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Salt Lake City, Utah
Salt Lake City is located in the north-central part and is the capital and the largest city in the U.S. State of Utah. The Crossroads of the West. Salt Lake City is a popular winter sports resort. It is a haven for skiers and winter sports lovers and the average snowfall in the mountains is 500 inches. In 2002 the city hosted the Winter Olympics. Maybe the city is most known to the world for being the center of The Church of Jesus Christ of Latter-day Saints, also known as the Mormon church. Salt Lake City is home to the NBA-team Utah Jazz and home to the Fortune 500 company, Huntsman Corporation. About 7 million people visit the city every year.
To See And To Do In Salt Lake City
- Temple Square
- Trolley Square
- The Church History Museum
- Natural History Museum of Utah
- Sugar House Neighborhood
- Pioneer Memorial Museum
- Utah State Capitol
- Utah Museum of Fine Arts
- This Is The Place Heritage Park
- Great Salt Lake State Park
- Hogle Zoo
- Fort Douglas Military Museum
- The Living Planet Aquarium
- Salt Lake City Main Library
- Clark Planetarium
- Hill Aerospace Museum
- Children's Museum of Utah
- Salt Lake City and County Building
- Rice Eccles Olympic Stadium
History Of Salt Lake City - Timeline
In 1776, Silvestre Vélez de Escalante from Spain was the first European to explore the area. In 1824, a man named John Chugg visited the area and in 1843 and 1845, the U.S. Army officer John C. Frémont explored the site.In 1846, the Donner Party, a group of 87 American pioneers, traveled through the area.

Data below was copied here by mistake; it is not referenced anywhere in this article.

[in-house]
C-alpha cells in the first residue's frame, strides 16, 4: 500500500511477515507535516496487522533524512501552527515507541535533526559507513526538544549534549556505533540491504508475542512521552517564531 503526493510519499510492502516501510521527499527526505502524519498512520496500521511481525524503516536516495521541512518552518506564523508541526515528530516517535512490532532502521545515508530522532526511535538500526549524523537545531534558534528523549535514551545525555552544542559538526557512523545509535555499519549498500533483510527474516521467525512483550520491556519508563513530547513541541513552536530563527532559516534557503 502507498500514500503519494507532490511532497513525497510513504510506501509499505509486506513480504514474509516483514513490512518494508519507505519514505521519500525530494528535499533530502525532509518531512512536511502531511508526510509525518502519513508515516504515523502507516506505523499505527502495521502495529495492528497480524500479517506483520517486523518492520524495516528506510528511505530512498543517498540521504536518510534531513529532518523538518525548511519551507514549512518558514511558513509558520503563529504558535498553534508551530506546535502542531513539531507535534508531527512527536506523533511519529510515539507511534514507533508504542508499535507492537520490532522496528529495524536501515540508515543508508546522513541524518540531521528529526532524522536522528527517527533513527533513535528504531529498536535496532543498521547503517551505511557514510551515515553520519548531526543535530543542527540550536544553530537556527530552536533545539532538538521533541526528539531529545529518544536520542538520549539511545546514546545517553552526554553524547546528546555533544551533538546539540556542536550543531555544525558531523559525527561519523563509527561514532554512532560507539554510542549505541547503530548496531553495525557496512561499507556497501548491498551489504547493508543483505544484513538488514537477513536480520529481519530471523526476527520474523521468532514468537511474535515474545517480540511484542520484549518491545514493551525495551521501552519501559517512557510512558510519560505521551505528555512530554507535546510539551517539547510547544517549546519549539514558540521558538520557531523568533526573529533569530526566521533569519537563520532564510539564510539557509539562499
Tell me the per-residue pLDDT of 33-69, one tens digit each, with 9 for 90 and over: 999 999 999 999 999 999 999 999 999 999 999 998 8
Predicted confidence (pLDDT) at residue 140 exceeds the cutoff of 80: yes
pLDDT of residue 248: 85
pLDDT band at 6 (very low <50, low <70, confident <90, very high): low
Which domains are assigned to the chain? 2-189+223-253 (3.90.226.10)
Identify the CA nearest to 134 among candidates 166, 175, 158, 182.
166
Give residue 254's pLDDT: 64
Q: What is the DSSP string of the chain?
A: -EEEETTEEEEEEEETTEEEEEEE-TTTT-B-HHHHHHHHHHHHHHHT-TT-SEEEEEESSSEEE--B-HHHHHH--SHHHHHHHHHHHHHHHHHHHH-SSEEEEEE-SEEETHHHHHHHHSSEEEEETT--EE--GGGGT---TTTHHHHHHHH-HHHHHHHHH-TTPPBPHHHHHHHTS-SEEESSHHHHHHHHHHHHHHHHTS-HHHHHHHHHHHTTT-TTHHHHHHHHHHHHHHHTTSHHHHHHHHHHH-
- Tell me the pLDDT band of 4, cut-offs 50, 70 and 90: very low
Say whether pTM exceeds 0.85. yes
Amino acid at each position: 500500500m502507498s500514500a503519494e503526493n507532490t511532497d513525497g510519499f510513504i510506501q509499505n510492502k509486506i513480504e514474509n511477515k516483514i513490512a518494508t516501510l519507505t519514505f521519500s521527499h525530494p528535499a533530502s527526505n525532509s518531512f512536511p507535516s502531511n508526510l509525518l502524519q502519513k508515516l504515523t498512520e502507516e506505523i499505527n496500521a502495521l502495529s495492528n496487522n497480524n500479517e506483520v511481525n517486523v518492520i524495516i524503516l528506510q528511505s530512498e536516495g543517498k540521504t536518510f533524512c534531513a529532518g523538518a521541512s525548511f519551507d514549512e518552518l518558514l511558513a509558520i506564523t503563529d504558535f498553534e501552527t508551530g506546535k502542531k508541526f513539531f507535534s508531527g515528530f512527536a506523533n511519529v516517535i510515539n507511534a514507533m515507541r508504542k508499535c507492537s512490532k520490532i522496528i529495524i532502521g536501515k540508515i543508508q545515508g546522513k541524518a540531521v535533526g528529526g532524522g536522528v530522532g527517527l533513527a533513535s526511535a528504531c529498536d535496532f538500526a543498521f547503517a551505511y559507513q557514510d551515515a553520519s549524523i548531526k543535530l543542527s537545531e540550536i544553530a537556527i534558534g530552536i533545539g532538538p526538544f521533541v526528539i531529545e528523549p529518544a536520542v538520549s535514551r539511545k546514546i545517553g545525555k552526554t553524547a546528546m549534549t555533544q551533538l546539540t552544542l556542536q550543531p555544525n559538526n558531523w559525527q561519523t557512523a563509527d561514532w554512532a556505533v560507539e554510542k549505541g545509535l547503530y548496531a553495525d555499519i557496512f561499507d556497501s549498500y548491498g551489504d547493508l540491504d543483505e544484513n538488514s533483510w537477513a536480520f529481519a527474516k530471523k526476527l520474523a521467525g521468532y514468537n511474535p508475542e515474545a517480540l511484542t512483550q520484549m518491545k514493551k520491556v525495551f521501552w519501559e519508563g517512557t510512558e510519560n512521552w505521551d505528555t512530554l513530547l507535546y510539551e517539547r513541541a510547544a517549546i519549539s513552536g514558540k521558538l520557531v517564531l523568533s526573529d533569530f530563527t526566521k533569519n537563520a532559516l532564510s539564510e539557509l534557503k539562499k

In 1847, Brigham Young and a group of people from the Mormon Church settled down in what is now Salt Lake City. Brigham Young, who led the church for 33 years, had a vision of the valley before visiting the area. When they arrived at the valley he said, "this is the right place, drive on". Within a year, thousands of Mormons came to the site and settled.
In 1850, the newspaper "the Deseret News" was founded. In 1851, the city was formally organized as "The City of the Great Salt Lake".
In 1853, the construction of the Mormon Temple started. In 1856, the city became the territorial capital. In 1857, President James Buchanan ordered the United States Army to invade Utah and many church leaders were imprisoned. Tensions had escalated between Mormons and other Americans because of the polygamy accusations and the theocratic rule of the Utah territory by Brigham Young. Brigham Young had refused to stand down as governor of Salt Lake City and this led to the start of the Utah War 1857 to 1858.
In 1861, the telegraph came to the city. In 1868, the city was renamed to Salt Lake City. Great was dropped from the name.
In 1869, the railroad was completed and people began to pour into Salt Lake. Other ethnic groups and people with other religions now came to the city to work in the copper, silver, gold, and lead mines.
In 1870, the daily newspaper "the Salt Lake Tribune" was founded as "the Mormon Tribune". In 1872, there were mule- and horse-drawn trolley rides in the city. In 1889, the trolleys became electric. In 1890, the Mormon Church renounced polygamy.
In 1892, the Mormon temple, Temple Square, was completed. In 1896, the city became the state capital. In 1915, the State Capitol building was completed. In 1922, the first radio station, the KSL, began broadcasting. In 1940, the Utah Symphony Orchestra was founded in Salt Lake City. In 1948: the first television station, KDYL, began broadcasting.
In 1968, the airport was given the name Salt Lake City International Airport. In 1979, the Utah Jazz basketball team moved from New Orleans to Salt Lake City. In 1995, Salt Lake City was chosen to host the 2002 Winter Olympic Games.